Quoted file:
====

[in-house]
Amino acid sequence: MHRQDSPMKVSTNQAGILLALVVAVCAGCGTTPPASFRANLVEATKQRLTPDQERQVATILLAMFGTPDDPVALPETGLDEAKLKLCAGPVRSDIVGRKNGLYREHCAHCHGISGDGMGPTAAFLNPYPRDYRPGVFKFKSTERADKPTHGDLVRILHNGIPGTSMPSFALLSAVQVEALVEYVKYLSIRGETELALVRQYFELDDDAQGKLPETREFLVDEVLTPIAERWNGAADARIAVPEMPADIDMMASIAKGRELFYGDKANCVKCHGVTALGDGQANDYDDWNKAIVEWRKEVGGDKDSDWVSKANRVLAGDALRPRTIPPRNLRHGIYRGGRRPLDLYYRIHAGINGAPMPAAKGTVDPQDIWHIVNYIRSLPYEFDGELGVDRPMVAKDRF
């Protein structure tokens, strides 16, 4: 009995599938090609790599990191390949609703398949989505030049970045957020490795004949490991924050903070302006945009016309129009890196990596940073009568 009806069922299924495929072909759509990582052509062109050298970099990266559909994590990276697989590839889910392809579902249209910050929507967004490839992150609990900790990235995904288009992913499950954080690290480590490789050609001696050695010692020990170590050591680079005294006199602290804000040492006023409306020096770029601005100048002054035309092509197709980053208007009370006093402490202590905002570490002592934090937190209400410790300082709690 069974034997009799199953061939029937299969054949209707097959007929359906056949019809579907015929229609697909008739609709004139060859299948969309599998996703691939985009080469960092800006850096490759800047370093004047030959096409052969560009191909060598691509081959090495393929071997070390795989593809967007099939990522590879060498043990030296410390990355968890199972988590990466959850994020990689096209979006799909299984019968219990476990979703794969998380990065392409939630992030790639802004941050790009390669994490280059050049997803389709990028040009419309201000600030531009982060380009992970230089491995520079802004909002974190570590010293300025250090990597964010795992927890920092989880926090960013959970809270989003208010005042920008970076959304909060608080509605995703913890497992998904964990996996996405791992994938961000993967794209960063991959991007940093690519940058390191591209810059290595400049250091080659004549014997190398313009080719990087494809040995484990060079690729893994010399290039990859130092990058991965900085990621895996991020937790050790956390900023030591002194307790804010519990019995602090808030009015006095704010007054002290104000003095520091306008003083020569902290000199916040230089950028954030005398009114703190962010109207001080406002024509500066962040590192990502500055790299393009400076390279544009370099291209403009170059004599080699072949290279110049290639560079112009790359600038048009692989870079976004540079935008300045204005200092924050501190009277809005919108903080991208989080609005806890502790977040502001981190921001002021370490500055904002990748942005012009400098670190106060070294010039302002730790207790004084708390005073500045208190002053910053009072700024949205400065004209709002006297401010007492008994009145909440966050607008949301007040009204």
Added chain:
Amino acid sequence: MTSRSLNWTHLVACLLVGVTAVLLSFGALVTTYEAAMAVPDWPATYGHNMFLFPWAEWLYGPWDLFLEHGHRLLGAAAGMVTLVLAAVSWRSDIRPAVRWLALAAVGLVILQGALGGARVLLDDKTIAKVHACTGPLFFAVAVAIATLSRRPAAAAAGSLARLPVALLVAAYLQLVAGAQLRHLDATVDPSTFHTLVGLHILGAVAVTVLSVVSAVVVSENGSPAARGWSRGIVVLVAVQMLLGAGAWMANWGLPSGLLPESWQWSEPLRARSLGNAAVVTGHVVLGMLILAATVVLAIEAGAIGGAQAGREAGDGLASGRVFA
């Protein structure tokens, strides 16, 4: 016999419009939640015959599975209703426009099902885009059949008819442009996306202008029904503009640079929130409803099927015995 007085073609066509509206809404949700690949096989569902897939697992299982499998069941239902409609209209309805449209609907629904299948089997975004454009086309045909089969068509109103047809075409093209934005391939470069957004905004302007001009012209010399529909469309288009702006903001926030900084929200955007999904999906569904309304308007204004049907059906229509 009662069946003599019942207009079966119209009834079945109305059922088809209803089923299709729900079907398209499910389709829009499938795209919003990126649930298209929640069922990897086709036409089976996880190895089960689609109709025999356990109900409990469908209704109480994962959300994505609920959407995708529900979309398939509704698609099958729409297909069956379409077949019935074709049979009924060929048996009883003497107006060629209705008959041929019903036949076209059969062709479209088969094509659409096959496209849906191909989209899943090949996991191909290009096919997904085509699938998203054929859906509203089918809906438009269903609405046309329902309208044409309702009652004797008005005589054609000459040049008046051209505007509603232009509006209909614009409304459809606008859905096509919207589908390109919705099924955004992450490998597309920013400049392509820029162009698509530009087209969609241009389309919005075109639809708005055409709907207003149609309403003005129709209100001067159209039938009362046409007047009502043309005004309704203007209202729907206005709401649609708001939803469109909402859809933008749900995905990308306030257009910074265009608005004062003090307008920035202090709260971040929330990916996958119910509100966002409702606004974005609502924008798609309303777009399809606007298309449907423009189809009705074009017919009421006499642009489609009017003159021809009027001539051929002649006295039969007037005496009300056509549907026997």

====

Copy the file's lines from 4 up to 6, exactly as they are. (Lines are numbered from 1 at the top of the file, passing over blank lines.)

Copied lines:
Added chain:
Amino acid sequence: MTSRSLNWTHLVACLLVGVTAVLLSFGALVTTYEAAMAVPDWPATYGHNMFLFPWAEWLYGPWDLFLEHGHRLLGAAAGMVTLVLAAVSWRSDIRPAVRWLALAAVGLVILQGALGGARVLLDDKTIAKVHACTGPLFFAVAVAIATLSRRPAAAAAGSLARLPVALLVAAYLQLVAGAQLRHLDATVDPSTFHTLVGLHILGAVAVTVLSVVSAVVVSENGSPAARGWSRGIVVLVAVQMLLGAGAWMANWGLPSGLLPESWQWSEPLRARSLGNAAVVTGHVVLGMLILAATVVLAIEAGAIGGAQAGREAGDGLASGRVFA
């Protein structure tokens, strides 16, 4: 016999419009939640015959599975209703426009099902885009059949008819442009996306202008029904503009640079929130409803099927015995 007085073609066509509206809404949700690949096989569902897939697992299982499998069941239902409609209209309805449209609907629904299948089997975004454009086309045909089969068509109103047809075409093209934005391939470069957004905004302007001009012209010399529909469309288009702006903001926030900084929200955007999904999906569904309304308007204004049907059906229509 009662069946003599019942207009079966119209009834079945109305059922088809209803089923299709729900079907398209499910389709829009499938795209919003990126649930298209929640069922990897086709036409089976996880190895089960689609109709025999356990109900409990469908209704109480994962959300994505609920959407995708529900979309398939509704698609099958729409297909069956379409077949019935074709049979009924060929048996009883003497107006060629209705008959041929019903036949076209059969062709479209088969094509659409096959496209849906191909989209899943090949996991191909290009096919997904085509699938998203054929859906509203089918809906438009269903609405046309329902309208044409309702009652004797008005005589054609000459040049008046051209505007509603232009509006209909614009409304459809606008859905096509919207589908390109919705099924955004992450490998597309920013400049392509820029162009698509530009087209969609241009389309919005075109639809708005055409709907207003149609309403003005129709209100001067159209039938009362046409007047009502043309005004309704203007209202729907206005709401649609708001939803469109909402859809933008749900995905990308306030257009910074265009608005004062003090307008920035202090709260971040929330990916996958119910509100966002409702606004974005609502924008798609309303777009399809606007298309449907423009189809009705074009017919009421006499642009489609009017003159021809009027001539051929002649006295039969007037005496009300056509549907026997």